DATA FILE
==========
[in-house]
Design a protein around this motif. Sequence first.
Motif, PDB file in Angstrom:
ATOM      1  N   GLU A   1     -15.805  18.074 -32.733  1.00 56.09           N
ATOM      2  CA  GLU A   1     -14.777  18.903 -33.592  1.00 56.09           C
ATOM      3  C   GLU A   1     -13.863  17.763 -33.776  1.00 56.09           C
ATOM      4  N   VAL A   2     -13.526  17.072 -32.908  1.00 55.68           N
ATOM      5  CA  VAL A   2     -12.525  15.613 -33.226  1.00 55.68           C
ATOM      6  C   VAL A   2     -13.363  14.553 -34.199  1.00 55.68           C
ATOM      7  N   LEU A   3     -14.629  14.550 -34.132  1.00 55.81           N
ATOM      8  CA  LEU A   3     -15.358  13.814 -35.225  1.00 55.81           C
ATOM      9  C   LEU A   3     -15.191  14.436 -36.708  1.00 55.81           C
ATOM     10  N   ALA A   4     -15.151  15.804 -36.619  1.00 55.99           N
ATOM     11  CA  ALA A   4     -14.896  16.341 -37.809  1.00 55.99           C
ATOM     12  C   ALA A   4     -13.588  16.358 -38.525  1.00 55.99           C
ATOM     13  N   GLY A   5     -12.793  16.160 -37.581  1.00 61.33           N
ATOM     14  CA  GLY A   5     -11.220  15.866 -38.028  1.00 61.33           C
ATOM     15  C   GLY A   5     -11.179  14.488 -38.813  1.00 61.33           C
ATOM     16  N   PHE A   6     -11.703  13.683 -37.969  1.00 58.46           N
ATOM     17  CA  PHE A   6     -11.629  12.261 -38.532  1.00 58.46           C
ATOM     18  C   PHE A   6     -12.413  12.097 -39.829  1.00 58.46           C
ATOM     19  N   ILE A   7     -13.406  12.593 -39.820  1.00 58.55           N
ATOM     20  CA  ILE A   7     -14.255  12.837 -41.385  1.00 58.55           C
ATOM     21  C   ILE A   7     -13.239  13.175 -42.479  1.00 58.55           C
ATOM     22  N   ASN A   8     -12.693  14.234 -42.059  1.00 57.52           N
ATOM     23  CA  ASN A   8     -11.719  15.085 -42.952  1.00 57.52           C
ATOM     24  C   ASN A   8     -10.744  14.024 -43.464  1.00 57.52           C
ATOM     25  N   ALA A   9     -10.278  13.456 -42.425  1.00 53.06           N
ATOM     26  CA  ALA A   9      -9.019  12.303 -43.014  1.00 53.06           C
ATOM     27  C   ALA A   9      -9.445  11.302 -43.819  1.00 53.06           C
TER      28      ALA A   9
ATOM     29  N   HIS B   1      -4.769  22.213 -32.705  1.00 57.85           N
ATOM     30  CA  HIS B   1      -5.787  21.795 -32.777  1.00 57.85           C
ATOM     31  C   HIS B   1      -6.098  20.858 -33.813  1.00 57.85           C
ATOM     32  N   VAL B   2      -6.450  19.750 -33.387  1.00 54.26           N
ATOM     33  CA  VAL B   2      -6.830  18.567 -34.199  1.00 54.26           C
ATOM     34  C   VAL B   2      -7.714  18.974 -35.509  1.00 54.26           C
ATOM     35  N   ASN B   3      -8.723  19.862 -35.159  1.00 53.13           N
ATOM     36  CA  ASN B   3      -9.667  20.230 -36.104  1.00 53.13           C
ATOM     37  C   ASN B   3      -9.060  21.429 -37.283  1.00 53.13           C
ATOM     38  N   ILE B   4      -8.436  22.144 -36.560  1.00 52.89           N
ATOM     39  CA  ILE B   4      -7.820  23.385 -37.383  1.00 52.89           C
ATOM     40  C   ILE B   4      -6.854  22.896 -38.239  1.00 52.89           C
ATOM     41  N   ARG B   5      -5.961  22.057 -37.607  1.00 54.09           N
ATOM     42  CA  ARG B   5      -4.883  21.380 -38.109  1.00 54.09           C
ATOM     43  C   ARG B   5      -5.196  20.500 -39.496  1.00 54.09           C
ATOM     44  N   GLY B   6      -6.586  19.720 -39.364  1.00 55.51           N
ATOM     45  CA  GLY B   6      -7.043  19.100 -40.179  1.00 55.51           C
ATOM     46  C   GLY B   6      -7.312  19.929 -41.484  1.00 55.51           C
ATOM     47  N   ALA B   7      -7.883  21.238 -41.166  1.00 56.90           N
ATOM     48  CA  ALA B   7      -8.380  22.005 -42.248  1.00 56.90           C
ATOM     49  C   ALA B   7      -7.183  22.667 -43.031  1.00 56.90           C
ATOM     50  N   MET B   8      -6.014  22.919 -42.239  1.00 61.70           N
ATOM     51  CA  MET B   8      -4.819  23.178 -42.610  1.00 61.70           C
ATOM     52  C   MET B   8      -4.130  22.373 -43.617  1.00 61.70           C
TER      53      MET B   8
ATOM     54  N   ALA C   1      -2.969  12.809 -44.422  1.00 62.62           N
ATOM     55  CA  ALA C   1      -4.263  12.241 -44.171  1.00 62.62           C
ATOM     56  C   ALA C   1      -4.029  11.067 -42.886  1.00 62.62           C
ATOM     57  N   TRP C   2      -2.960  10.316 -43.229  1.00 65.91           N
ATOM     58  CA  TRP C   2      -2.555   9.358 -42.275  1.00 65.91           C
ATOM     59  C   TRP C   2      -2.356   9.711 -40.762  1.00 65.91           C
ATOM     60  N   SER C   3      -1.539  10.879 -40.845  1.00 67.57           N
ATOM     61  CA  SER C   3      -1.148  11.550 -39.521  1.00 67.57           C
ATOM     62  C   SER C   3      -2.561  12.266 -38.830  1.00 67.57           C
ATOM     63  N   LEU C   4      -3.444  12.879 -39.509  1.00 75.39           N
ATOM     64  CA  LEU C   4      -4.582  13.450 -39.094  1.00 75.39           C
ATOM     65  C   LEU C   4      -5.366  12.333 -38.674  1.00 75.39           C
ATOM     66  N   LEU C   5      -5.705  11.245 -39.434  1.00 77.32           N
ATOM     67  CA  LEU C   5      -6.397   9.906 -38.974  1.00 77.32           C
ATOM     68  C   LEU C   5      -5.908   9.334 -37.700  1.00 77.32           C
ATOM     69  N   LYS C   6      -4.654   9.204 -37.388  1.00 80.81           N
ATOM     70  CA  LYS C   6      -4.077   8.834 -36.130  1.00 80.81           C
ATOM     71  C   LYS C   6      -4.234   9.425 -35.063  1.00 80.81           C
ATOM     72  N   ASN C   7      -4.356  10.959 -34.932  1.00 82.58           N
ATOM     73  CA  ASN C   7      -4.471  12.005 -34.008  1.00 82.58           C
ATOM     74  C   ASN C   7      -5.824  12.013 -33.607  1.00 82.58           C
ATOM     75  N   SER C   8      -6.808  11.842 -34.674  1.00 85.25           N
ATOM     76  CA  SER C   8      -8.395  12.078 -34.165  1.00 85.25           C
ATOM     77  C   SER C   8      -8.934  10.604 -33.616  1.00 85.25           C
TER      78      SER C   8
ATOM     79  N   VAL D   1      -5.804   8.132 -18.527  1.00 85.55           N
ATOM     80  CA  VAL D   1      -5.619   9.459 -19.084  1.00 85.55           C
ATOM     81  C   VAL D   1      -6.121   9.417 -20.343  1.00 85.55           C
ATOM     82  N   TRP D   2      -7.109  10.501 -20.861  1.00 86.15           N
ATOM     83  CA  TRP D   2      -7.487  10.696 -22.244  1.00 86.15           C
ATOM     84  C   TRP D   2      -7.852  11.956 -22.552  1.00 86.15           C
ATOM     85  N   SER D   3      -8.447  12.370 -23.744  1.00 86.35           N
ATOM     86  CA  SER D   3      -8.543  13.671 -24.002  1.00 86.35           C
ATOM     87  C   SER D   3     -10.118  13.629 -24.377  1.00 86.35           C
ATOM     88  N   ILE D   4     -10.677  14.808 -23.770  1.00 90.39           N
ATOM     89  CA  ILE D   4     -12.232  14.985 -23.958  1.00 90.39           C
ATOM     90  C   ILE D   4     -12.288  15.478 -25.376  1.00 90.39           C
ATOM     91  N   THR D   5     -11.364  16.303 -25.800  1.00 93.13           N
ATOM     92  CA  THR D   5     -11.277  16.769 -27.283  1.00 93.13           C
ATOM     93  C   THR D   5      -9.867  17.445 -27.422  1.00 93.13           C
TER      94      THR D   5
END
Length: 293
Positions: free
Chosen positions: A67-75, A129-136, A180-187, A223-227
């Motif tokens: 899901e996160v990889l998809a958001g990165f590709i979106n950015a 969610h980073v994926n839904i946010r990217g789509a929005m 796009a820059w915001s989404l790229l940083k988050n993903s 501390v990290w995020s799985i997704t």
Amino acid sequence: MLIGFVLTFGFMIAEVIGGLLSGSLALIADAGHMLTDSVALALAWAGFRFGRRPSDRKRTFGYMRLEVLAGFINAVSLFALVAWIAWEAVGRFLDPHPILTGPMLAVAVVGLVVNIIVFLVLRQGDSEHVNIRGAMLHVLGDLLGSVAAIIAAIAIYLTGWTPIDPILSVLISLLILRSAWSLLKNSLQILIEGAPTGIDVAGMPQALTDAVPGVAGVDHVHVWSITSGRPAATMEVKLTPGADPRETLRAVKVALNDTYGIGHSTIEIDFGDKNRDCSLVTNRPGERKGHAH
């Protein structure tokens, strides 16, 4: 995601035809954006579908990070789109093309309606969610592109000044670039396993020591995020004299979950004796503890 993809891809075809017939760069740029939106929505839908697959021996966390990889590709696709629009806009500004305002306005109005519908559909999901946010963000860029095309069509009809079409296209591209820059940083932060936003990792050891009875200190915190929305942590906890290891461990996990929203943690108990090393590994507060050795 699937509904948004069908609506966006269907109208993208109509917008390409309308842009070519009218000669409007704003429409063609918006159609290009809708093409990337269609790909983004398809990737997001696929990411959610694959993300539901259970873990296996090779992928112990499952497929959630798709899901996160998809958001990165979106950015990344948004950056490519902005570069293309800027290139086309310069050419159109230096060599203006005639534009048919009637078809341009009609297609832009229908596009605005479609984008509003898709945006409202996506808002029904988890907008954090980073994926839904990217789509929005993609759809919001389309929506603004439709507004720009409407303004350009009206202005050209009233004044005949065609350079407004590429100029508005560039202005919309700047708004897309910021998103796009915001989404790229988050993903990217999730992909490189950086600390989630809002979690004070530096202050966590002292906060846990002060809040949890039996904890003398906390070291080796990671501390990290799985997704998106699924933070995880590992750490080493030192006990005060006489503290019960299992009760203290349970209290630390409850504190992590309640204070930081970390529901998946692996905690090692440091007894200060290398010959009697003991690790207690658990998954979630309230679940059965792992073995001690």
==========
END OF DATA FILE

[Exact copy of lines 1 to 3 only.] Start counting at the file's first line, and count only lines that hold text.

[in-house]
Design a protein around this motif. Sequence first.
Motif, PDB file in Angstrom: